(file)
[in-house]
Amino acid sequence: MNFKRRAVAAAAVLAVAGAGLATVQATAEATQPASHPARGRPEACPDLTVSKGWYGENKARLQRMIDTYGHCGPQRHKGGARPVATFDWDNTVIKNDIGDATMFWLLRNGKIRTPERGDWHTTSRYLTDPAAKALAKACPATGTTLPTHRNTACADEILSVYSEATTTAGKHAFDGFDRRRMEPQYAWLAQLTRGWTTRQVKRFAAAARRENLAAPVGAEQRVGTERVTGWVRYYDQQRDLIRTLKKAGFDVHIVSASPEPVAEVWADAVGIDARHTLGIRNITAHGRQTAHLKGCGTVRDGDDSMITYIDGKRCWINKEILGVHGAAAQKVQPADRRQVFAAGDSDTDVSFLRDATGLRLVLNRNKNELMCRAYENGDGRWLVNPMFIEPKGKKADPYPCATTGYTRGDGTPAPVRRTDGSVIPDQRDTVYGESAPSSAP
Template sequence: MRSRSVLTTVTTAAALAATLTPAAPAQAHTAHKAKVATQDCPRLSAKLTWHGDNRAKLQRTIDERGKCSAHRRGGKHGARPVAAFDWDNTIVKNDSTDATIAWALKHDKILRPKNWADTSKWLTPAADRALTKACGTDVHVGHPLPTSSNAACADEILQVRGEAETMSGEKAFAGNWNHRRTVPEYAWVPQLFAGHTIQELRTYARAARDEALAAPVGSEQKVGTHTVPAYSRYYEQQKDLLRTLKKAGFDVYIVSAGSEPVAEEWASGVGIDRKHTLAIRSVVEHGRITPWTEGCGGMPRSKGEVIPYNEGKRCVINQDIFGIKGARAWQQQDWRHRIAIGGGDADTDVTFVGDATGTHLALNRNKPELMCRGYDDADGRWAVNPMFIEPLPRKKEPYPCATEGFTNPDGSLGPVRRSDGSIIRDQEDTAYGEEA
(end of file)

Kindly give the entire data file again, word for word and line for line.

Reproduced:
[in-house]
Amino acid sequence: MNFKRRAVAAAAVLAVAGAGLATVQATAEATQPASHPARGRPEACPDLTVSKGWYGENKARLQRMIDTYGHCGPQRHKGGARPVATFDWDNTVIKNDIGDATMFWLLRNGKIRTPERGDWHTTSRYLTDPAAKALAKACPATGTTLPTHRNTACADEILSVYSEATTTAGKHAFDGFDRRRMEPQYAWLAQLTRGWTTRQVKRFAAAARRENLAAPVGAEQRVGTERVTGWVRYYDQQRDLIRTLKKAGFDVHIVSASPEPVAEVWADAVGIDARHTLGIRNITAHGRQTAHLKGCGTVRDGDDSMITYIDGKRCWINKEILGVHGAAAQKVQPADRRQVFAAGDSDTDVSFLRDATGLRLVLNRNKNELMCRAYENGDGRWLVNPMFIEPKGKKADPYPCATTGYTRGDGTPAPVRRTDGSVIPDQRDTVYGESAPSSAP
Template sequence: MRSRSVLTTVTTAAALAATLTPAAPAQAHTAHKAKVATQDCPRLSAKLTWHGDNRAKLQRTIDERGKCSAHRRGGKHGARPVAAFDWDNTIVKNDSTDATIAWALKHDKILRPKNWADTSKWLTPAADRALTKACGTDVHVGHPLPTSSNAACADEILQVRGEAETMSGEKAFAGNWNHRRTVPEYAWVPQLFAGHTIQELRTYARAARDEALAAPVGSEQKVGTHTVPAYSRYYEQQKDLLRTLKKAGFDVYIVSAGSEPVAEEWASGVGIDRKHTLAIRSVVEHGRITPWTEGCGGMPRSKGEVIPYNEGKRCVINQDIFGIKGARAWQQQDWRHRIAIGGGDADTDVTFVGDATGTHLALNRNKPELMCRGYDDADGRWAVNPMFIEPLPRKKEPYPCATEGFTNPDGSLGPVRRSDGSIIRDQEDTAYGEEA